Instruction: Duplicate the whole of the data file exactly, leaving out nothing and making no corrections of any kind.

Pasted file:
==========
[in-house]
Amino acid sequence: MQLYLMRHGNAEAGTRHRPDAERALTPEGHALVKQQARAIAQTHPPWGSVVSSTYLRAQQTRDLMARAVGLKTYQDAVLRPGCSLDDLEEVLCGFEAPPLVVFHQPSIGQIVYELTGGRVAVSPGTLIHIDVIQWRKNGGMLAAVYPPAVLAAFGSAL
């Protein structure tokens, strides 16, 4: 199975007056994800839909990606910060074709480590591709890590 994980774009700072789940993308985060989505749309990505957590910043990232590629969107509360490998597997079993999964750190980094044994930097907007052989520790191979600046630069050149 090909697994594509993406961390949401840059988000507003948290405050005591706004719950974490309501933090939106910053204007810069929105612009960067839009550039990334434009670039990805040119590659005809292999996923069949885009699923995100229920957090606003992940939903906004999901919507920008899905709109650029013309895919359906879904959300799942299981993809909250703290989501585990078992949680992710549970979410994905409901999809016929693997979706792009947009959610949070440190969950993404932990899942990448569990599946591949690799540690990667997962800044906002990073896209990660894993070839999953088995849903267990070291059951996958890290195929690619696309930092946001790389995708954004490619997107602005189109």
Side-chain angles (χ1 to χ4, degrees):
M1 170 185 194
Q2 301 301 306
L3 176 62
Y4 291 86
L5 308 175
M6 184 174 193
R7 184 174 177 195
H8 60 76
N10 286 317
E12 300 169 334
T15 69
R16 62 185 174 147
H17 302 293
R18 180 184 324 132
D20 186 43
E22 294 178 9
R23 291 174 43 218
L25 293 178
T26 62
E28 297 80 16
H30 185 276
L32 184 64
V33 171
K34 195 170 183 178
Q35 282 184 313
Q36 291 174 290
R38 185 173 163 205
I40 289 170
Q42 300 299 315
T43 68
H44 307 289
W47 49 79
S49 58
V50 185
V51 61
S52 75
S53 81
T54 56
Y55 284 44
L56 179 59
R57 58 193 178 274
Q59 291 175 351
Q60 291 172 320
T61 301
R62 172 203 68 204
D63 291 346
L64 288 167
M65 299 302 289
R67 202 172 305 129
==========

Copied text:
[in-house]
Amino acid sequence: MQLYLMRHGNAEAGTRHRPDAERALTPEGHALVKQQARAIAQTHPPWGSVVSSTYLRAQQTRDLMARAVGLKTYQDAVLRPGCSLDDLEEVLCGFEAPPLVVFHQPSIGQIVYELTGGRVAVSPGTLIHIDVIQWRKNGGMLAAVYPPAVLAAFGSAL
């Protein structure tokens, strides 16, 4: 199975007056994800839909990606910060074709480590591709890590 994980774009700072789940993308985060989505749309990505957590910043990232590629969107509360490998597997079993999964750190980094044994930097907007052989520790191979600046630069050149 090909697994594509993406961390949401840059988000507003948290405050005591706004719950974490309501933090939106910053204007810069929105612009960067839009550039990334434009670039990805040119590659005809292999996923069949885009699923995100229920957090606003992940939903906004999901919507920008899905709109650029013309895919359906879904959300799942299981993809909250703290989501585990078992949680992710549970979410994905409901999809016929693997979706792009947009959610949070440190969950993404932990899942990448569990599946591949690799540690990667997962800044906002990073896209990660894993070839999953088995849903267990070291059951996958890290195929690619696309930092946001790389995708954004490619997107602005189109």
Side-chain angles (χ1 to χ4, degrees):
M1 170 185 194
Q2 301 301 306
L3 176 62
Y4 291 86
L5 308 175
M6 184 174 193
R7 184 174 177 195
H8 60 76
N10 286 317
E12 300 169 334
T15 69
R16 62 185 174 147
H17 302 293
R18 180 184 324 132
D20 186 43
E22 294 178 9
R23 291 174 43 218
L25 293 178
T26 62
E28 297 80 16
H30 185 276
L32 184 64
V33 171
K34 195 170 183 178
Q35 282 184 313
Q36 291 174 290
R38 185 173 163 205
I40 289 170
Q42 300 299 315
T43 68
H44 307 289
W47 49 79
S49 58
V50 185
V51 61
S52 75
S53 81
T54 56
Y55 284 44
L56 179 59
R57 58 193 178 274
Q59 291 175 351
Q60 291 172 320
T61 301
R62 172 203 68 204
D63 291 346
L64 288 167
M65 299 302 289
R67 202 172 305 129